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Access Type

Open Access

Document Type


Degree Program

Mechanical Engineering

Degree Type

Master of Science (M.S.)

Year Degree Awarded

January 2008

Month Degree Awarded



dynamic reconfiguration, wireless sensor network


The need to achieve extended service life by battery powered Wireless Sensor Networks (WSNs) requires new concepts and technqiues beyond the state-of-the-art low-power designs based on fixed hardware platforms or energy-efficient protocols. This thesis investigates reconfiguration techniques that enable sensor hardware to adapt its energy consumption to external dynamics, by means of Dynamic Voltage Scaling (DVS), Dynamic Modulation Scaling (DMS), and other related concepts. For sensor node-level reconfiguration, an integration of DVS and DMS techniques was proposed to minimize the total energy consumption. A dynamic time allocation algorithm was developed, demonstrating an average of 55% energy reduction. For network-level reconfiguration, a node activation technique was presented to reduce the cost of recharging energy-depleted sensor nodes. Network operation combined with node activation was modeled as a stochastic decision process, where the activation decisions directly affected the energy efficiency of the network. An experimental test bed based on the Imote2 sensor node platform was realized, which demonstrated energy reduction of up to 50%. Such energy saving can be effectively translated into prolonged service life of the sensor network.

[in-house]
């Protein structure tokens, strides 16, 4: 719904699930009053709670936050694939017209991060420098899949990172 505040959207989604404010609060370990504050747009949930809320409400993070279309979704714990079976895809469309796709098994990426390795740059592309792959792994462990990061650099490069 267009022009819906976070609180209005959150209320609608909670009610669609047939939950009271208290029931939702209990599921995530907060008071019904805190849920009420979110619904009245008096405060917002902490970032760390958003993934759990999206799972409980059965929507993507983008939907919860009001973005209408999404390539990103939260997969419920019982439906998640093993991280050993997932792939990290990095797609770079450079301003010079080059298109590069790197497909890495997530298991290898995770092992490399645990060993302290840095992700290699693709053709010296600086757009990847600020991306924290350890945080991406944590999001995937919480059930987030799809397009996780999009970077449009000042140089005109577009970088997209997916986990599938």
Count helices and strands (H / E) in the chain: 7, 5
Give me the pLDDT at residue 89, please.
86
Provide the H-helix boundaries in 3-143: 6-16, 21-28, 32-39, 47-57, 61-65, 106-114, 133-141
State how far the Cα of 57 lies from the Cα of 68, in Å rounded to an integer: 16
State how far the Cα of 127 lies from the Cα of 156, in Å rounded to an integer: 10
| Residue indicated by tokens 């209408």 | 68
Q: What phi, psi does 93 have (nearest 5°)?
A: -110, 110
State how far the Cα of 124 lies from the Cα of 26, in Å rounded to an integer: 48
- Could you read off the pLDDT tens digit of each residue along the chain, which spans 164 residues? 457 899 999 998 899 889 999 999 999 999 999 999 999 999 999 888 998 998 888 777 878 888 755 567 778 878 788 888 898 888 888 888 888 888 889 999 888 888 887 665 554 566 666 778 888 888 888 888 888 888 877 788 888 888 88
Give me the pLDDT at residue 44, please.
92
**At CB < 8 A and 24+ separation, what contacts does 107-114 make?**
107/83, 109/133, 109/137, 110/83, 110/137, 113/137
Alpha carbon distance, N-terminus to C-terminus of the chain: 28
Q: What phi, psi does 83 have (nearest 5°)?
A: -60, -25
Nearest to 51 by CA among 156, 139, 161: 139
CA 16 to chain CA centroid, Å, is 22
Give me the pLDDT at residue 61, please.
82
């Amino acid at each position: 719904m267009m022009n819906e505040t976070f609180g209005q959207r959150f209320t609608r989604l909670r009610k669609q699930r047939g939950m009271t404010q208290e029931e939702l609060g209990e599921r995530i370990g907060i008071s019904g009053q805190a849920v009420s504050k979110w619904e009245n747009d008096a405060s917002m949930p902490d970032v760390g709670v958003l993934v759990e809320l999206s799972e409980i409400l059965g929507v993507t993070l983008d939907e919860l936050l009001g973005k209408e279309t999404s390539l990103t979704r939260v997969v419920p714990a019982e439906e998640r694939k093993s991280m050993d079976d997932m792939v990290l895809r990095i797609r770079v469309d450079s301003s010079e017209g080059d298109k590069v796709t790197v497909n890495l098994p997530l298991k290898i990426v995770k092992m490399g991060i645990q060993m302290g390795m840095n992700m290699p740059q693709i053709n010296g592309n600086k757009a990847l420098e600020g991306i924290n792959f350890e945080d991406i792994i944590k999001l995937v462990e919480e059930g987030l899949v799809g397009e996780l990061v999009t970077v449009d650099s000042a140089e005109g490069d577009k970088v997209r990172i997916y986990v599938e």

First Advisor

Robert X. Gao